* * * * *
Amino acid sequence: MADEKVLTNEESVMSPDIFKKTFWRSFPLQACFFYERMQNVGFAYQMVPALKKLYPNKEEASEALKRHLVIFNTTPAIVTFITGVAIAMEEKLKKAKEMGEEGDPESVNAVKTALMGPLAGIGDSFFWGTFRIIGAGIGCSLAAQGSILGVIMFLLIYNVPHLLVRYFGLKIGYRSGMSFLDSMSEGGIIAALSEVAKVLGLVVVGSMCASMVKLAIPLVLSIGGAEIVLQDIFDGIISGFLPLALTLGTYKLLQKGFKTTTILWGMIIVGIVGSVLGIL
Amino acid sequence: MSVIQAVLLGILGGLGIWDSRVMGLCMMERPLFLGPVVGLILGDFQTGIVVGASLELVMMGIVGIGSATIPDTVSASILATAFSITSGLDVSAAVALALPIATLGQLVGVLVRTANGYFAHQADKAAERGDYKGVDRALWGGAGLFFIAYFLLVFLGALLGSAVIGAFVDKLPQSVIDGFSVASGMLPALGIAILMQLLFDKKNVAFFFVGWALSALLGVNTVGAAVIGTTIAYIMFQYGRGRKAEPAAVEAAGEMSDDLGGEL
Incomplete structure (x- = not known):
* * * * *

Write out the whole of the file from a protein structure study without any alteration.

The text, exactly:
Amino acid sequence: MADEKVLTNEESVMSPDIFKKTFWRSFPLQACFFYERMQNVGFAYQMVPALKKLYPNKEEASEALKRHLVIFNTTPAIVTFITGVAIAMEEKLKKAKEMGEEGDPESVNAVKTALMGPLAGIGDSFFWGTFRIIGAGIGCSLAAQGSILGVIMFLLIYNVPHLLVRYFGLKIGYRSGMSFLDSMSEGGIIAALSEVAKVLGLVVVGSMCASMVKLAIPLVLSIGGAEIVLQDIFDGIISGFLPLALTLGTYKLLQKGFKTTTILWGMIIVGIVGSVLGIL
Amino acid sequence: MSVIQAVLLGILGGLGIWDSRVMGLCMMERPLFLGPVVGLILGDFQTGIVVGASLELVMMGIVGIGSATIPDTVSASILATAFSITSGLDVSAAVALALPIATLGQLVGVLVRTANGYFAHQADKAAERGDYKGVDRALWGGAGLFFIAYFLLVFLGALLGSAVIGAFVDKLPQSVIDGFSVASGMLPALGIAILMQLLFDKKNVAFFFVGWALSALLGVNTVGAAVIGTTIAYIMFQYGRGRKAEPAAVEAAGEMSDDLGGEL
Incomplete structure (x- = not known):